Lawn Care in Billings
Spring and summer lawn care in Billings
Memorial Day weekend typically kicks off the spring gardening season here in Billings and if you don’t do the road-trip thing, how about tending to your lawn. Late May is the ideal time for pruning evergreens and spring-flowering hedges, planting geraniums and fertilizing. It’s also the best time to start your lawn care program.
Late May or early June is the ideal time to apply your lawn’s first dose of fertilizer for the growing season. Then, you’ll want to do it again around Labor Day and again around October 10. The experts at Montana State University Extension suggest that you “apply two to four pounds of actual nitrogen per 1,000 square feet of lawn per year.” Then, they go on to caution that you never want to apply more than 1.5 pounds of available nitrogen at one time.
Sounds confusing, doesn’t it?
Check this out: Suppose we want to apply 1 pound of nitrogen per 1000 square feet of lawn. We are using 26-5-10 fertilizer. To determine how much of this particular fertilizer to apply, divide 1.0 (the number of pounds of actual nitrogen desired) by the percentage of nitrogen in the bag, which in this case is 26 percent. The result is 3.8, which is how many pounds of fertilizer from this bag (per 1,000 square feet) to apply every time you fertilize the lawn. Easy peasy.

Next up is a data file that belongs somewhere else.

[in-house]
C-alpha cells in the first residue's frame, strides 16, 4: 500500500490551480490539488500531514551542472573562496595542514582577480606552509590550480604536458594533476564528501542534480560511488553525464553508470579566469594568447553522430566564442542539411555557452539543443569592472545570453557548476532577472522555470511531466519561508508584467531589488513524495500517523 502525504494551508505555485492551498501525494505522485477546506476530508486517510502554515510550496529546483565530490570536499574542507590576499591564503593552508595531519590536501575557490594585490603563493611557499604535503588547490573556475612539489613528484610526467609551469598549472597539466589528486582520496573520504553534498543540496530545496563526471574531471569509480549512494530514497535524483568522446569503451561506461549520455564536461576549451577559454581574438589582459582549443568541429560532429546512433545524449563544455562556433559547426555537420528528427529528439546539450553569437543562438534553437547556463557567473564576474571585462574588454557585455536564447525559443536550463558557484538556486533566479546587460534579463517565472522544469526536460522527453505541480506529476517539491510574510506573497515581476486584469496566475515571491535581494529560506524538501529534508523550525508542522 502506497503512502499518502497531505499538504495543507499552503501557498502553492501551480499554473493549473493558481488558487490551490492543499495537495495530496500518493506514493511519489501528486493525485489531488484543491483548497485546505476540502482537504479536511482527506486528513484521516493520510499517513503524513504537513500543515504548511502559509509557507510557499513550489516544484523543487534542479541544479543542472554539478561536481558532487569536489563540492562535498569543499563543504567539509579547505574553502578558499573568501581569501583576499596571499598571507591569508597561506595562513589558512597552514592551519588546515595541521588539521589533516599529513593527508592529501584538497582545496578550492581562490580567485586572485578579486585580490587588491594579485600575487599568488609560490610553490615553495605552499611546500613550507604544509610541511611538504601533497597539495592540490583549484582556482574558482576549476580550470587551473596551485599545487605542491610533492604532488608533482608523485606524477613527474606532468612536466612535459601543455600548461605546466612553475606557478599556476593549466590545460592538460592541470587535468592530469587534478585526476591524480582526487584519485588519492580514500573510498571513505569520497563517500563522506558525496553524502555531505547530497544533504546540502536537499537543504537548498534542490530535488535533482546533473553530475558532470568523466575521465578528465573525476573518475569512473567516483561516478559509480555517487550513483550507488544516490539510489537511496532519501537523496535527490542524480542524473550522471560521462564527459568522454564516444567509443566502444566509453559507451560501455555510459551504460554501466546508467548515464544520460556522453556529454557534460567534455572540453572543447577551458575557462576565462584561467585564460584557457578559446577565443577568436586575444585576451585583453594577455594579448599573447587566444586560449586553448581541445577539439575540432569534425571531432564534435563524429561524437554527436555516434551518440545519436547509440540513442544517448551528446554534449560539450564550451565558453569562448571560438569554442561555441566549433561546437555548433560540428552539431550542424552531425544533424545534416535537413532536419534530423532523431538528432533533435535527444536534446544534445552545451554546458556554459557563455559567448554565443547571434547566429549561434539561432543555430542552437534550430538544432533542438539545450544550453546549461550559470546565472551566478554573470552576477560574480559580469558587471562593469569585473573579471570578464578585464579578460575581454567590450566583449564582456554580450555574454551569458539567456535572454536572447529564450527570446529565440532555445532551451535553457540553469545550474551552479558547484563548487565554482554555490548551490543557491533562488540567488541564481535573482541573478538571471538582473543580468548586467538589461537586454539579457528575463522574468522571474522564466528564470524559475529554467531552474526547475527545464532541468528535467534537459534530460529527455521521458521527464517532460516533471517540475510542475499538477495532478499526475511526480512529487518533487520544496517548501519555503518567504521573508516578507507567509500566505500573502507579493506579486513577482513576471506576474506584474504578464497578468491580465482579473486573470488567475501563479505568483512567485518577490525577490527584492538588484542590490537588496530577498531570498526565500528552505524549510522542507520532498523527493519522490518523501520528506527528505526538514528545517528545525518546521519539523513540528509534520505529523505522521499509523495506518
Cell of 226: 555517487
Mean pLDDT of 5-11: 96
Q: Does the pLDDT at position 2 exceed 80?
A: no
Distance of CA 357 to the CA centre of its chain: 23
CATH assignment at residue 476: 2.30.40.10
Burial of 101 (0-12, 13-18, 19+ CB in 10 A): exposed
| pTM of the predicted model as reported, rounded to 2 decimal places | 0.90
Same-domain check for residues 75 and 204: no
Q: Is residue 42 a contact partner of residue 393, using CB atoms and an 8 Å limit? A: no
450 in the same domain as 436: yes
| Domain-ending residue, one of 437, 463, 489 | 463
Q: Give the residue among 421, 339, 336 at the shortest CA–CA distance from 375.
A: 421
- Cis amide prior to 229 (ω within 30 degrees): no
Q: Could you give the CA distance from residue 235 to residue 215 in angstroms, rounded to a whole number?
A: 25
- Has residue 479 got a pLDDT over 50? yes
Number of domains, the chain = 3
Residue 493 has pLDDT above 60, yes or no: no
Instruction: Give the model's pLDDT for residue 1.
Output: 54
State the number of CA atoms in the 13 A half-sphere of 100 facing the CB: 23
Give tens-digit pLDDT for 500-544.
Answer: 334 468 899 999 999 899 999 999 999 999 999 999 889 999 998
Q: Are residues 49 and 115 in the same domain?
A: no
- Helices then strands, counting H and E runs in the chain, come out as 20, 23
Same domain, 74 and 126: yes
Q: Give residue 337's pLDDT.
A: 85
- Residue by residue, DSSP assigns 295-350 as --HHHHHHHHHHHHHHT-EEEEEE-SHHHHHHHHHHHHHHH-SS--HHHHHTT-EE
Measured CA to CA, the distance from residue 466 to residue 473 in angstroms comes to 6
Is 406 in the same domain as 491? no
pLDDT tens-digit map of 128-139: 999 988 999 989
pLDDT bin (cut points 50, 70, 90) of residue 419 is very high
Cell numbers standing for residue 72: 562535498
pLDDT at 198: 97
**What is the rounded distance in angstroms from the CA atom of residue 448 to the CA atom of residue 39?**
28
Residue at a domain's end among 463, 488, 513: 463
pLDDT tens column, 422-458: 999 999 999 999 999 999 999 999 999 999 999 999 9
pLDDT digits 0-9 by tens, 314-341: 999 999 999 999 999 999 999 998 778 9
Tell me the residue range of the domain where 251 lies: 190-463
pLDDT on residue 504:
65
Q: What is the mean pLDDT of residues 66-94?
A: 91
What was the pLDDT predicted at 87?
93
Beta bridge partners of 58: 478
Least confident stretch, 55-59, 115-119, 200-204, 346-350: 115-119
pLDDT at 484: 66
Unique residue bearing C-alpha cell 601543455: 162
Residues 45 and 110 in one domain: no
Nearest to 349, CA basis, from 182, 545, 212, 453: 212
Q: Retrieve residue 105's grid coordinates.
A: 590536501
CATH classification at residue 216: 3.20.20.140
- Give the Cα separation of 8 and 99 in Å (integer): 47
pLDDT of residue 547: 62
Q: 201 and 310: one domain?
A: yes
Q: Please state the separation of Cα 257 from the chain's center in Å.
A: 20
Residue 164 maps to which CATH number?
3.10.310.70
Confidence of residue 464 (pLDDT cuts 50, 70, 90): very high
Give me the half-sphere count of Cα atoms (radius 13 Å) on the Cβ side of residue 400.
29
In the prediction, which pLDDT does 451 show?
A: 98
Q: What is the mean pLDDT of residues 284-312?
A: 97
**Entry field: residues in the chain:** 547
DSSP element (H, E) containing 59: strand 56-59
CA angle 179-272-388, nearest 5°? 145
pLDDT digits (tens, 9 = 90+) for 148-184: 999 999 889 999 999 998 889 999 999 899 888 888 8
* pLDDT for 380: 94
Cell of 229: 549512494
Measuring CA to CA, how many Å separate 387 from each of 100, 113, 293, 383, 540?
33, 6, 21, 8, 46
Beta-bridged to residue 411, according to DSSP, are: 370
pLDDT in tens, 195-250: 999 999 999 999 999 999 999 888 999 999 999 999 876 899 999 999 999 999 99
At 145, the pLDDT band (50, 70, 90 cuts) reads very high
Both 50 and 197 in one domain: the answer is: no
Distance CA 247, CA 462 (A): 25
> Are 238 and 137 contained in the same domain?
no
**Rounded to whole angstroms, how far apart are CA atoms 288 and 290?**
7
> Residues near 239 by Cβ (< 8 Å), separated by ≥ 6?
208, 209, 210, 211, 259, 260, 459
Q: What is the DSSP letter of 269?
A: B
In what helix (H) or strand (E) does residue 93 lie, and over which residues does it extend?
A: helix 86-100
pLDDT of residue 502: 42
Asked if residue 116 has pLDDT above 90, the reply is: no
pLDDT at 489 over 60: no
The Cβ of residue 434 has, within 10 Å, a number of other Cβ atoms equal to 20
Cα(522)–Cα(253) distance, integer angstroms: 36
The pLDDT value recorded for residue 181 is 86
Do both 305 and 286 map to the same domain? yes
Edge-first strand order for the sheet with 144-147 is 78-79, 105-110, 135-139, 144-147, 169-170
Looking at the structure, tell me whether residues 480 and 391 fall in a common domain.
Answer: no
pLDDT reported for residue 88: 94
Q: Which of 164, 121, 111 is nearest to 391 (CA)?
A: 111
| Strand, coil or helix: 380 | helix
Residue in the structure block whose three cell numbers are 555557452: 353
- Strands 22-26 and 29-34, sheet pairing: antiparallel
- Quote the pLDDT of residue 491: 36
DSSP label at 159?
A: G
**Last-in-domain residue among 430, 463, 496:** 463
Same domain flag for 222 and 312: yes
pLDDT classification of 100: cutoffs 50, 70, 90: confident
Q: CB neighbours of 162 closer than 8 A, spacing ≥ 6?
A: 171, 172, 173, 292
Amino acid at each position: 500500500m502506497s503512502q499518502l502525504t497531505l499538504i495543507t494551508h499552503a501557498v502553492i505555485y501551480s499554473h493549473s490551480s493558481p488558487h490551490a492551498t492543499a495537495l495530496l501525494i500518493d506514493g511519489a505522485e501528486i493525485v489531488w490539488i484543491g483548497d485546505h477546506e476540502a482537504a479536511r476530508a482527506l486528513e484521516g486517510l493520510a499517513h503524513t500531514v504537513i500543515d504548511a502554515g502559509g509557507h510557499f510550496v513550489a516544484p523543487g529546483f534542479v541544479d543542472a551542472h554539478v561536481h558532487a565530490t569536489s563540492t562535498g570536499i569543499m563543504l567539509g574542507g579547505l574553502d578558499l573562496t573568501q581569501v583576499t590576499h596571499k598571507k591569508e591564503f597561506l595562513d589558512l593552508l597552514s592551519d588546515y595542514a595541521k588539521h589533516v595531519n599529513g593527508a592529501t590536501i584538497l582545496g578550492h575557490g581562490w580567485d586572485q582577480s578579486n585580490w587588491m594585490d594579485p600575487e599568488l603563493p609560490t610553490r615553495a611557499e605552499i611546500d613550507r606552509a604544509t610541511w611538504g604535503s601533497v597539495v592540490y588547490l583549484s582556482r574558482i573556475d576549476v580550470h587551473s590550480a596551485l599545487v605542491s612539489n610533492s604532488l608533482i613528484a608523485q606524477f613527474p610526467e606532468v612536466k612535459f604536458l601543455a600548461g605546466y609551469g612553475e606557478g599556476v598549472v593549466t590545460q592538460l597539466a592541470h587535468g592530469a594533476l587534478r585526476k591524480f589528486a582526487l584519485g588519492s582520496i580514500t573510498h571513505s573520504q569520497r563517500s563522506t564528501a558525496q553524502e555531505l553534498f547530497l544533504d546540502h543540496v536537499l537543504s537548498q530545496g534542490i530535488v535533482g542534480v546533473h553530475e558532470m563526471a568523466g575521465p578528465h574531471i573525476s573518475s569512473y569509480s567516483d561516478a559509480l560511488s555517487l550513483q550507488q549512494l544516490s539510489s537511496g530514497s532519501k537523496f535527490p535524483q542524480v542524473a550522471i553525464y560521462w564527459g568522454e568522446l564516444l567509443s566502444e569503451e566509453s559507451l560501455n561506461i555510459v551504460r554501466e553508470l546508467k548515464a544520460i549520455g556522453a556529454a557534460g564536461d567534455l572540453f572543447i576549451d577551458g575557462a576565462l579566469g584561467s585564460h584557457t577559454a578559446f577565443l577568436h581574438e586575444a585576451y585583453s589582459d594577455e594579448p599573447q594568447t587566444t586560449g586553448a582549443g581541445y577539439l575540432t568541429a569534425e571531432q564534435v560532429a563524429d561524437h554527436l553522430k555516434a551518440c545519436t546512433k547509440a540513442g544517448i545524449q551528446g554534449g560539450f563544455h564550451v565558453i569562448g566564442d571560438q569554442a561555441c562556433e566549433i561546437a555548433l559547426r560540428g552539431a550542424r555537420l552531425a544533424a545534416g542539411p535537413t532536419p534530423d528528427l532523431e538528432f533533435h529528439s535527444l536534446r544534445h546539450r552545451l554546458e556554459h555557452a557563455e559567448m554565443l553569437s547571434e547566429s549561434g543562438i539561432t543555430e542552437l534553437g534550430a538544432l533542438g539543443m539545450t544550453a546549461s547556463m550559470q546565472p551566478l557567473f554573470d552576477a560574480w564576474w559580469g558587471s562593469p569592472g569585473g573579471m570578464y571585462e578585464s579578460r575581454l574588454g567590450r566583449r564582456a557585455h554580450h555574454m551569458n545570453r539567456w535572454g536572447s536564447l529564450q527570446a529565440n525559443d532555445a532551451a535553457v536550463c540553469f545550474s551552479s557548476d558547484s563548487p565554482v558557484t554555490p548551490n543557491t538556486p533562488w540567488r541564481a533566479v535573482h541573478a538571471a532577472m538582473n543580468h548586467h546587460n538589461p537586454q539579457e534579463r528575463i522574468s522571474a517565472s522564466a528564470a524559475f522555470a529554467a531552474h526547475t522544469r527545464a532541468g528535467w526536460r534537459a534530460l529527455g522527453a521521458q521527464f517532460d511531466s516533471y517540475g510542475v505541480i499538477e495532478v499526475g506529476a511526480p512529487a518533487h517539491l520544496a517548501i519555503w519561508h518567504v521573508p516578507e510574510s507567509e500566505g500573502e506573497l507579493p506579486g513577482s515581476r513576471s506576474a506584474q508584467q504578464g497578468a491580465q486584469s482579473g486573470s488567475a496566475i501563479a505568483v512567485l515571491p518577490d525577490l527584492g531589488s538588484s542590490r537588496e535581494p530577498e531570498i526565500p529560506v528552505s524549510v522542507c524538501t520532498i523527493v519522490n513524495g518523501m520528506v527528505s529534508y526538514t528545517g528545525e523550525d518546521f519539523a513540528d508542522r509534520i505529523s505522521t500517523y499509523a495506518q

From now until the end of the season you should mow the lawn twice a week. “Sure,” you say, “I’ll get right on that.” The operative word in that instruction is “should.” Most of us don’t have the time to mow twice a week, so mow once a week. At least. Take the bag off the bag of the lawn mower and allow the clippings to remain on the lawn. They will add additional nitrogen to the soil as they decompose.
Help it breathe
You probably should’ve done this a few weeks ago, but if the lawn is still not actively growing, go ahead and do it now. I swear the reason golf course turf is go amazingly green is because of the spikes in golfer’s shoes that provide aeration. I may be wrong. . .
Thatch is a huge problem in lawns because it blocks water, air, sunlight and nutrients to its roots. I don’t have time to explain what thatch is in this blog post but these guys, at PennState do an awesome job. Rent a core aerator in Billings at A-1 Rentals (2001 Grand Ave.) or Home Depot (2784 King Ave West). You can also rent de-thatchers at Home Depot.